Frost & Sullivan's recent customer research study on car sharing in select European cities reveals that the market is fast gaining ground. Residents in a number of cities in France, Germany as well as in the United Kingdom, are currently multi-modal transport users. While only one out of four claim familiarity with the car sharing concept, once familiar, the interest levels in these services zip to 38 percent.
A survey-based study from Frost & Sullivan (automotive.frost.com), Car Sharing End User Analysis in Selected European Cities, finds that traditional car sharing will increase from 0.7 million members in 2011 to more than 15 million members in 2020. The major interest groups include the young, the well-educated, the office goers, and university students, with no children.
"The car sharing trend is catching on rapidly due to its convenience and all-inclusive nature," said Frost & Sullivan Automotive & Transportation Research Analyst Ricardo Moreira. "The deal clincher, however, is its cost efficiency, which was cited by 61 percent of the respondents."
The rising popularity of car sharing services has expectedly eaten into the share of other modes of transportation, but that is not to say it will nudge them out. Potential car sharers reported that they would for the time being - consider replacing one out of three trips with car sharing. Between 25 to 40 percent of current drivers claimed they would give up their cars and about 60 percent of non-owners said they would refrain from buying a car.
The growing of the trend can further be observed in the Frost & Sullivan forecast that traditional car sharing in Europe will reach nearly 0.24 million vehicles by 2020. Basic and small vehicles are currently popular options among car sharing operators (CSO).
The future of the market however, will be determined by Peer-to-peer (P2P) car sharing. Though only 18 percent of respondents seem willing to share their own cars, P2P car sharing has been growing rapidly since 2008, having recorded 100 percent growth between 2010 and 2011. As a result, the market is expected to have nearly 0.31 million vehicles in operation and more than 0.74 million members by 2020.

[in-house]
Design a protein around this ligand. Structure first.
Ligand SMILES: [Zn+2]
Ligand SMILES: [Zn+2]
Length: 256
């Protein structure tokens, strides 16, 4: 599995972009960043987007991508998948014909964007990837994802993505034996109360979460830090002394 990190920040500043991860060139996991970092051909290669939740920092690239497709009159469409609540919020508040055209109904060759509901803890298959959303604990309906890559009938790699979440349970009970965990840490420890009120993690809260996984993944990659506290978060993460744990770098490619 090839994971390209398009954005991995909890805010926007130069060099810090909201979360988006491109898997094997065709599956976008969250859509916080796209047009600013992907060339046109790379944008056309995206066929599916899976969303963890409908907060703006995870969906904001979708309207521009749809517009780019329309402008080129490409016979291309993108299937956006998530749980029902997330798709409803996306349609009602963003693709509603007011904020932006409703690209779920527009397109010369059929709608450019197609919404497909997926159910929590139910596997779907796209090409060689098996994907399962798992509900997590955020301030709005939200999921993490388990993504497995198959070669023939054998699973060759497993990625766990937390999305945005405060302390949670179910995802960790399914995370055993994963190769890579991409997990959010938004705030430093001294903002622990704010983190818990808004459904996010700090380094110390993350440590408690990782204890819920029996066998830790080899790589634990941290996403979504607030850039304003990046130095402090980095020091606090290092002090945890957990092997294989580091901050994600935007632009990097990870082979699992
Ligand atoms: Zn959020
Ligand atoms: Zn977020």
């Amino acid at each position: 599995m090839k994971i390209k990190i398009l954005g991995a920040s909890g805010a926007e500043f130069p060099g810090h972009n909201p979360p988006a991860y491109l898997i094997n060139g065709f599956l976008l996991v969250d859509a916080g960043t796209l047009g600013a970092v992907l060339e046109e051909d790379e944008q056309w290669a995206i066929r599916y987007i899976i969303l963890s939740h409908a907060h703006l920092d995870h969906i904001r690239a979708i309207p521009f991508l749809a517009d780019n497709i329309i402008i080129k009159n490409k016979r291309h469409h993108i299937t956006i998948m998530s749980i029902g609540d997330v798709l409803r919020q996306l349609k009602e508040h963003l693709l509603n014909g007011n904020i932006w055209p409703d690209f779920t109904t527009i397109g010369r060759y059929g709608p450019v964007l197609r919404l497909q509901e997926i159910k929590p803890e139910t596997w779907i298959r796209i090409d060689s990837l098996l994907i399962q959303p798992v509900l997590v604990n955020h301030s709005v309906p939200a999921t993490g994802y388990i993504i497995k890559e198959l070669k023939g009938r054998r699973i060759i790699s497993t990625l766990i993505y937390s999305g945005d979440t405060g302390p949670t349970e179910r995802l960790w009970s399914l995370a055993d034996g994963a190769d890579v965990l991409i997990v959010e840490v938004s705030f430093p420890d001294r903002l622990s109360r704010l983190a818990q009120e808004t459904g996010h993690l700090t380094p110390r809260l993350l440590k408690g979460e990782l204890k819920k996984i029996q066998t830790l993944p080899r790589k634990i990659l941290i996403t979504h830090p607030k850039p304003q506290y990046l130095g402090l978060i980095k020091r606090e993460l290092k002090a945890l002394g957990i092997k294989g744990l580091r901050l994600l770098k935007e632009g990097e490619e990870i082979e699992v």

While there is little doubt that the car sharing model is a hit in Europe, it has not reached its optimum potential due to attitudinal and operational issues such as the unavailability of a vehicle within short notice, the loss of flexibility, and customers' reluctance to pay an up-front membership fee.
"To expand the scope of car sharing services, CSOs could direct their marketing and educational campaigns at the younger demographic. Liasing with universities to build awareness among students prior to the start of their careers would be a wise move," noted Moreira. "Further flexibility using location-based services could also be built into the service to attract a larger pool of customers."
If you are interested in more information on Frost & Sullivan's latest customer research Car Sharing End-user Analysis in Selected European Cities, please send an email to Katja Feick, Corporate Communications, at katja.feick[.]frost.com, with your full contact details.
Car Sharing End-user Analysis in Selected European Cities (M9D5-18) is part of the Automotive & Transportation Growth Partnership Service program. Frost & Sullivan's related research services include: 2013 United States Automotive Technicians' Choice, 2012 European Customer Desirability and Willingness to Pay for Infotainment, HMI and Telematics Features and Services, and 2012 United States Telematics, Connectivity, Apps, and HMI. All research services included in subscriptions provide detailed market opportunities and industry trends evaluated following extensive interviews with market participants.
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